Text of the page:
Mr. Hale's insensitive remark that stereotypes his wife and Mrs. Peter--"women are used to worrying over trifles"--unifies the two and alienates them from the male characters in the play. In fact, the stage directions read, (The two women move a little closer together).
In their unification, the women extend some of their feminine loyalty to Mrs. Wright, whom they sense has also been subjected to male chauvinism, albeit in a much greater degree. For instance, Mrs. Hale defends her against the criticisms of her housekeeping, and how she was treated by her husband,
MRS. HALE. It never seemed a very cheerful place....
COUNTY ATTORNEY. You mean that they didn't get on very well?
MRS. HALE. No, I don't mean anything. But I don't think a place'd be any cheerfuler for John Wright's being in it.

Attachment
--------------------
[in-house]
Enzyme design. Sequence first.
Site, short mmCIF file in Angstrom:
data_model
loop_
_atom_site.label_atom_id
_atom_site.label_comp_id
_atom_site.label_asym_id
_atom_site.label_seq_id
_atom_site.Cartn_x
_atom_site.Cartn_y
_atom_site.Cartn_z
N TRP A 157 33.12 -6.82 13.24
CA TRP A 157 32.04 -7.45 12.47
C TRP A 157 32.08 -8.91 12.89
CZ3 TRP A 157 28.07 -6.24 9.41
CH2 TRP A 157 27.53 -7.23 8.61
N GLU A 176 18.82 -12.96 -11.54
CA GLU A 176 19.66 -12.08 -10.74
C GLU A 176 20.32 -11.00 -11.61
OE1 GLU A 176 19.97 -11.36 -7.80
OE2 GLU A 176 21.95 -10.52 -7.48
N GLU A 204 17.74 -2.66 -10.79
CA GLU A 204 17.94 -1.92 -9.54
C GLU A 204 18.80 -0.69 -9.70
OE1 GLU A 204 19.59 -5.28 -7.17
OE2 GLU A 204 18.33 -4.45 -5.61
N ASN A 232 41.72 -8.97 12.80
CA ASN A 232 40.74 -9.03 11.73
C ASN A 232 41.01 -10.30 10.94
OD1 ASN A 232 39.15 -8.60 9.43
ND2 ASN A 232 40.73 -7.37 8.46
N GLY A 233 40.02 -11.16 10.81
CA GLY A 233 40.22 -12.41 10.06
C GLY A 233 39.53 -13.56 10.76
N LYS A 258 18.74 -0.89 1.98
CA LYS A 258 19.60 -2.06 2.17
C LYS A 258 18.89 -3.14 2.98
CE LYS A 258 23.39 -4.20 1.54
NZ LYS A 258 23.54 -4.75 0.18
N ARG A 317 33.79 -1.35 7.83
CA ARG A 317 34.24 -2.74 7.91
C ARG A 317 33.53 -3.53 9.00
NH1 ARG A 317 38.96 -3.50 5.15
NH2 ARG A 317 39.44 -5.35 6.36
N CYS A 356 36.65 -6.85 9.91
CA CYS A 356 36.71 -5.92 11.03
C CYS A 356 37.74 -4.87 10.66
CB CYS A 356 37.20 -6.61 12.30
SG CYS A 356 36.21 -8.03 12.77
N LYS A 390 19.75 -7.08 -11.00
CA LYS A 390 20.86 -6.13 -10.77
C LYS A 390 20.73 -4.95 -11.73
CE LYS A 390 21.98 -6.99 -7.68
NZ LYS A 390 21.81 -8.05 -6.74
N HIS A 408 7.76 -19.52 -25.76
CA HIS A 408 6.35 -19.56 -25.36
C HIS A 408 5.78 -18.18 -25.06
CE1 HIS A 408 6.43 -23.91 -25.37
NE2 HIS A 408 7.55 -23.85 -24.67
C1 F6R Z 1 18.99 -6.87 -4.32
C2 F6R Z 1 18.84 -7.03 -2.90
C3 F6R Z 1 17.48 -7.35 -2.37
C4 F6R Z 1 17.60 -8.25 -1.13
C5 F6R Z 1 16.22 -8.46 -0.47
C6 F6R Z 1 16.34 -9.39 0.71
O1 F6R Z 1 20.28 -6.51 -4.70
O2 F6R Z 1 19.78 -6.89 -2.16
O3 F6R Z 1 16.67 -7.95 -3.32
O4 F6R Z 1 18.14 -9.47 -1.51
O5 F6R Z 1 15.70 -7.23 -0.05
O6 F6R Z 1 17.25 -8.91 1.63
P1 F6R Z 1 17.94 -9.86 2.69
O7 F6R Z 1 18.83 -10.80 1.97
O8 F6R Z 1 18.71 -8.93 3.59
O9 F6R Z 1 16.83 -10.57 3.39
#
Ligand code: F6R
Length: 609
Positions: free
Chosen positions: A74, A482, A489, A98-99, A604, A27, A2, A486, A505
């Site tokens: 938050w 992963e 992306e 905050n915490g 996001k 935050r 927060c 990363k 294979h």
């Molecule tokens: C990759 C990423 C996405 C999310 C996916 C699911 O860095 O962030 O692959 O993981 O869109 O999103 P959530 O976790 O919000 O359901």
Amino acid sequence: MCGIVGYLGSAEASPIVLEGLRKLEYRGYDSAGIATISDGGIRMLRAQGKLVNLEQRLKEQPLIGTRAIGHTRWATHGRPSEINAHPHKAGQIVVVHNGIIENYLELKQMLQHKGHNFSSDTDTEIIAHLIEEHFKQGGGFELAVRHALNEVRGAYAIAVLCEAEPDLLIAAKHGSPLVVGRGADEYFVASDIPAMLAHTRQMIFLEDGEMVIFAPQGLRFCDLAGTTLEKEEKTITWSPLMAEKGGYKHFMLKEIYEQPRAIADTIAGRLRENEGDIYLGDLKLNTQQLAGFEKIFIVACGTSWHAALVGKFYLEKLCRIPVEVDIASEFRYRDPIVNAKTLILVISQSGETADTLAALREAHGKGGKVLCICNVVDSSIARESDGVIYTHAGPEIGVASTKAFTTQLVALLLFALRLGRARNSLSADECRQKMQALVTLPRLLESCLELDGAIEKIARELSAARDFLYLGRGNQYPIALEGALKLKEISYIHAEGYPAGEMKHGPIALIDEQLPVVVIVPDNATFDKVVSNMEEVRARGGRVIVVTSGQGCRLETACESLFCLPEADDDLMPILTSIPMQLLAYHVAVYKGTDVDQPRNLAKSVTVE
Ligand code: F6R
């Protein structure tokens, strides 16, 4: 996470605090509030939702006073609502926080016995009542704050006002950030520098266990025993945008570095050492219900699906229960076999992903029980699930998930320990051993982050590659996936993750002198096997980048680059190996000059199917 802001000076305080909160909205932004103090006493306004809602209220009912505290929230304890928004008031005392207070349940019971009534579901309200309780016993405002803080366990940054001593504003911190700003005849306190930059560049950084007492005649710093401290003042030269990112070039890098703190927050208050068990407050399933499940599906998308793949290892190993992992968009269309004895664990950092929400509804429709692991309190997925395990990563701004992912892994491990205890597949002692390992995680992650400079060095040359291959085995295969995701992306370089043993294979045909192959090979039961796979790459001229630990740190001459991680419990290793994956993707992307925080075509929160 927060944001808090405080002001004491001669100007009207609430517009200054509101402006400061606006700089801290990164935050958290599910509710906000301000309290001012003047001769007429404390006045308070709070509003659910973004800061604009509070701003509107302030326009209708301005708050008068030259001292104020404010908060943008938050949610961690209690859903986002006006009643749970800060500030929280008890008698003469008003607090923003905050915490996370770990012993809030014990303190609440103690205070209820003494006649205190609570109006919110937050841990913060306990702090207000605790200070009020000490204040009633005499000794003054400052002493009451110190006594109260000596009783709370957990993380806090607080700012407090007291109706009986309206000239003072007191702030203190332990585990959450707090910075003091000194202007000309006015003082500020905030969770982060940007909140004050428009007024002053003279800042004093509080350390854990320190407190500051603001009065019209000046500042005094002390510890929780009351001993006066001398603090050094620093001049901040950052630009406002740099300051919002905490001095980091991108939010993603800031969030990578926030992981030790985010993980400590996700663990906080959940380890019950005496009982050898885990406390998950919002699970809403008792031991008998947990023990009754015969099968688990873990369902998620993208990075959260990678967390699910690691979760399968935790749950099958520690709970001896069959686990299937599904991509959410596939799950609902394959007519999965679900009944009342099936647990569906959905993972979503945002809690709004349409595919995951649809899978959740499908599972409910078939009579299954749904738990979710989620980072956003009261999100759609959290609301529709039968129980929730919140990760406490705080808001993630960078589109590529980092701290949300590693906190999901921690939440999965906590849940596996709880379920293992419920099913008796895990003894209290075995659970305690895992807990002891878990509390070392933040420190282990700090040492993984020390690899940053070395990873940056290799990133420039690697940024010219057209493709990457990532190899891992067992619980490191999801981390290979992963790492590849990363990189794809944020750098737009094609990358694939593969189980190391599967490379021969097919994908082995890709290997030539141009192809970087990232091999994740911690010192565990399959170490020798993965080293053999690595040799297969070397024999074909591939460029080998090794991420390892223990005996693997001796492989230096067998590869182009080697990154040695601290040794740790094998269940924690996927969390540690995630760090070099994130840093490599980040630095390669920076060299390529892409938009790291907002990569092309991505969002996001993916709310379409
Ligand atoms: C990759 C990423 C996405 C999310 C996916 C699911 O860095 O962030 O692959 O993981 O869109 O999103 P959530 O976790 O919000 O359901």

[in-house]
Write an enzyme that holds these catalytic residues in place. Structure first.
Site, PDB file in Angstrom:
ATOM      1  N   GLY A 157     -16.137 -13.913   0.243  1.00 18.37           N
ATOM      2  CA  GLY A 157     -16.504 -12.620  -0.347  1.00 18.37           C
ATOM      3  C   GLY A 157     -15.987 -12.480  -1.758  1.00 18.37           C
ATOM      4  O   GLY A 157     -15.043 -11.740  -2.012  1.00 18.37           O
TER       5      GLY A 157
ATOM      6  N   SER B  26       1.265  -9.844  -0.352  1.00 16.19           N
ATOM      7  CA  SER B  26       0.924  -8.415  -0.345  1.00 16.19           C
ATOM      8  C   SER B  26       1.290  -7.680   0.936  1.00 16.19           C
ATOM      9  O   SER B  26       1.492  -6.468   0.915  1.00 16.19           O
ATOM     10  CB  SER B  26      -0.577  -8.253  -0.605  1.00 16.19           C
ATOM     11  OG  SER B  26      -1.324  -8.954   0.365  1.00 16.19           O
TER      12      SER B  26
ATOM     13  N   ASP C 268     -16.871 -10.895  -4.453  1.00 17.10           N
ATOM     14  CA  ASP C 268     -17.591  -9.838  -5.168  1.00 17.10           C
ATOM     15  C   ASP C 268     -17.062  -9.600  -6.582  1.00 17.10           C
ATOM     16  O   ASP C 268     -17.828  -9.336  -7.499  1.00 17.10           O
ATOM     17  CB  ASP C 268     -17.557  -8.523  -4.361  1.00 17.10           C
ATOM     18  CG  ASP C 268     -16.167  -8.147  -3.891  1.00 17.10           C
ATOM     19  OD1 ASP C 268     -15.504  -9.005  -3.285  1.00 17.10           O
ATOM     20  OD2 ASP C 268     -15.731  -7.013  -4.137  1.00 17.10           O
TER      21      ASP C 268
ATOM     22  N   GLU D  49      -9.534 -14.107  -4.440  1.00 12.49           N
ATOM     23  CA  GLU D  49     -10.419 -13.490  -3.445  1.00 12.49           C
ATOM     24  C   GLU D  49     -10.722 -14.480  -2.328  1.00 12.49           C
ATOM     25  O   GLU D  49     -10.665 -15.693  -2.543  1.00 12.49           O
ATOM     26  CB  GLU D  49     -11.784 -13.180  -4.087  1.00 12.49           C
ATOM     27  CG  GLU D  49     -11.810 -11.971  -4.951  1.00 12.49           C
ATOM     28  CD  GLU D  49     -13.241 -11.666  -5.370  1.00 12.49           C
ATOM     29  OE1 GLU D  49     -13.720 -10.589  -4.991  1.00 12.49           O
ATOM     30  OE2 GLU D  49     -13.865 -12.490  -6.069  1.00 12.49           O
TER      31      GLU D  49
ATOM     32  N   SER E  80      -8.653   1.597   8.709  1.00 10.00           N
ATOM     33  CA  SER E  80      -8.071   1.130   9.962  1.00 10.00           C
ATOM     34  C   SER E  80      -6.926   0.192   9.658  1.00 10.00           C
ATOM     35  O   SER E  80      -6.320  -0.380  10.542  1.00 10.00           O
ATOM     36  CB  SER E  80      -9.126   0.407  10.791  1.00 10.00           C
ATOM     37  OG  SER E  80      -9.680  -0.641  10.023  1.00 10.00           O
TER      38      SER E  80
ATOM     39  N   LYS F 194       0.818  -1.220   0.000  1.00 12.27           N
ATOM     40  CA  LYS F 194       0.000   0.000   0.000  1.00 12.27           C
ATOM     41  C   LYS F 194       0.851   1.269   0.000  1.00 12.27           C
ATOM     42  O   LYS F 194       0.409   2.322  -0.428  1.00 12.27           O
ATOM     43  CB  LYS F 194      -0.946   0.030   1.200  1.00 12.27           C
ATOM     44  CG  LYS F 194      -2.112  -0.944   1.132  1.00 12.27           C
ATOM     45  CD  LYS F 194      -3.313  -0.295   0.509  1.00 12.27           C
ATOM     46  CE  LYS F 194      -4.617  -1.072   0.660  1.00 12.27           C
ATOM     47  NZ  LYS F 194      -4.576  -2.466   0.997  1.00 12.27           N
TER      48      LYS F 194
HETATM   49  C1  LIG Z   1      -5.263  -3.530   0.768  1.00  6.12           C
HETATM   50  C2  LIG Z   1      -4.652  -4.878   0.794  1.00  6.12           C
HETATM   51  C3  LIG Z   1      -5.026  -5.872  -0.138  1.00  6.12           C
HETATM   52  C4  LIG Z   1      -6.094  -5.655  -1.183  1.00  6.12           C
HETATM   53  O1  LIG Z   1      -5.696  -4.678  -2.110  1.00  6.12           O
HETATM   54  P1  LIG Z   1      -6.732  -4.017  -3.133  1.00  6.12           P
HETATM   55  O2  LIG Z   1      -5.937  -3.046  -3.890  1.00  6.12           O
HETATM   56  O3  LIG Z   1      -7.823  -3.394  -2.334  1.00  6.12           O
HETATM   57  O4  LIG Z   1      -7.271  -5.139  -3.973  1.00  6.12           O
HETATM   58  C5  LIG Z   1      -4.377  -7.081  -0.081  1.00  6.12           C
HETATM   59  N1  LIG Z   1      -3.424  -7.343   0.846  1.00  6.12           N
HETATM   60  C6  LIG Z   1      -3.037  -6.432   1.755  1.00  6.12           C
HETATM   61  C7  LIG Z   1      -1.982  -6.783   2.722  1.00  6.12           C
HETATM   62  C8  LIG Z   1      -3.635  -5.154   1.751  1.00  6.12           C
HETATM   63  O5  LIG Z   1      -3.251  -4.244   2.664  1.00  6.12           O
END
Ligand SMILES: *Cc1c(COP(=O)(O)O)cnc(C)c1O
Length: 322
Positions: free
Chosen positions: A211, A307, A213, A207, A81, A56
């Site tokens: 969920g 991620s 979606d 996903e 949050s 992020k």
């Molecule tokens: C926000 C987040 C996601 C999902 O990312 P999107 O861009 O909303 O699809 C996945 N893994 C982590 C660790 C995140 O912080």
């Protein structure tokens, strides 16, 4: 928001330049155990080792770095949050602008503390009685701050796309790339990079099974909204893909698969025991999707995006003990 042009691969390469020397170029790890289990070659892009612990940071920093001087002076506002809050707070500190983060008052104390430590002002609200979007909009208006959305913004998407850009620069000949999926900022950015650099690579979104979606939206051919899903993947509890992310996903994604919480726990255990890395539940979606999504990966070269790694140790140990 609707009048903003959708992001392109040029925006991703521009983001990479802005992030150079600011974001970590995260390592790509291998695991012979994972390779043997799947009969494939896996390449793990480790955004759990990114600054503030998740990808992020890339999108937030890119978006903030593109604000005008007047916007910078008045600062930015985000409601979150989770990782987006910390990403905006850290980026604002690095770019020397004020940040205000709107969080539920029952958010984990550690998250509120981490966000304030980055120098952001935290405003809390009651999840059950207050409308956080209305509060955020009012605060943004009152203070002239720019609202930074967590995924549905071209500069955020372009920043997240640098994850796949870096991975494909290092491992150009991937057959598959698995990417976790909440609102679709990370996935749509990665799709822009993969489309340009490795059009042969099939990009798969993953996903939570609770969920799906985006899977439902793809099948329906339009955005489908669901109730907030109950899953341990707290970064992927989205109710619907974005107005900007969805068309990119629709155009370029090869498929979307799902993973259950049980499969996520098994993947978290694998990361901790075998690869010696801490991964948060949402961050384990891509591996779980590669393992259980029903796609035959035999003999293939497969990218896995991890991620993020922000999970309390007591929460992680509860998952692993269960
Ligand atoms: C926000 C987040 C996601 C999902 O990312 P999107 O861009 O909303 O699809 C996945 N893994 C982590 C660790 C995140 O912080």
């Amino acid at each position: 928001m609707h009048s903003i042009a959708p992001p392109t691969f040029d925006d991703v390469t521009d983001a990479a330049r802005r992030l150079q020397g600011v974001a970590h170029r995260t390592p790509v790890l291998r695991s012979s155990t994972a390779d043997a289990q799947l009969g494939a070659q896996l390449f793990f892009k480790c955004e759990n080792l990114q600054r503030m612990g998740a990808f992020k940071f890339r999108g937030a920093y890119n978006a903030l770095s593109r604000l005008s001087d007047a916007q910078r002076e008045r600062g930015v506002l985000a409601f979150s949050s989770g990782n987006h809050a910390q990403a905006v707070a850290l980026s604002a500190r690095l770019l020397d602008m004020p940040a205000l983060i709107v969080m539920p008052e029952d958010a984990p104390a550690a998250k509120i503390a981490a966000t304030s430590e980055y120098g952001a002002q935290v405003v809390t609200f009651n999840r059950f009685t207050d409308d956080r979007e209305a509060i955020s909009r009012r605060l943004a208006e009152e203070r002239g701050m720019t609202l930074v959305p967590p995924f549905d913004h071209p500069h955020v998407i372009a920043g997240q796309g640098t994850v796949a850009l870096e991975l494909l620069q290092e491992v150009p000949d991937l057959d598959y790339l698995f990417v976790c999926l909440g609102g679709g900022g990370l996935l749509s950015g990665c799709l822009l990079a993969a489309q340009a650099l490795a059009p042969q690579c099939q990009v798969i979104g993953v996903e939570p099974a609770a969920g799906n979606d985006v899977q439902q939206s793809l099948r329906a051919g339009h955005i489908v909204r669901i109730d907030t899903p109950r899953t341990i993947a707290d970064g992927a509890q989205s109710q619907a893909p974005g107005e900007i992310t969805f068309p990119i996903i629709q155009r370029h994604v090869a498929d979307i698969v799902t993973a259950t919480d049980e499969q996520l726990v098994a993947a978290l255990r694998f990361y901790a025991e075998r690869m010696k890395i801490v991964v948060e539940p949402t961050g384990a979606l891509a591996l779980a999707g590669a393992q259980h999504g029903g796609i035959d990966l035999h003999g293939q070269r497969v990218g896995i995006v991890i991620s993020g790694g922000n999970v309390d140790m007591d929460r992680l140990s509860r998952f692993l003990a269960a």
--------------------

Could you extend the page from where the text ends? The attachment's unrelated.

Certainly, it is because of this bonding together of the women as a result of the callous remark about trifles that increases their sympathy for Mrs. Wright against her insensitive husband. Their sympathy, in turn, leads the women to search through things in the kitchen; and, when they discover the dead songbird, they hide this critical bit of evidence, this "trifle," from the County Attorney and the Sheriff. Ironically, it is the puportedly insignificant items which indicate motive in the slaying of Mr. Wright . Trifles could will solve the crime, but because the men have scoff at them and do not bother to look in the kitchen, Mrs. Hale and Mrs. Peters conceal them and Mr. Wright's murder remains a mystery.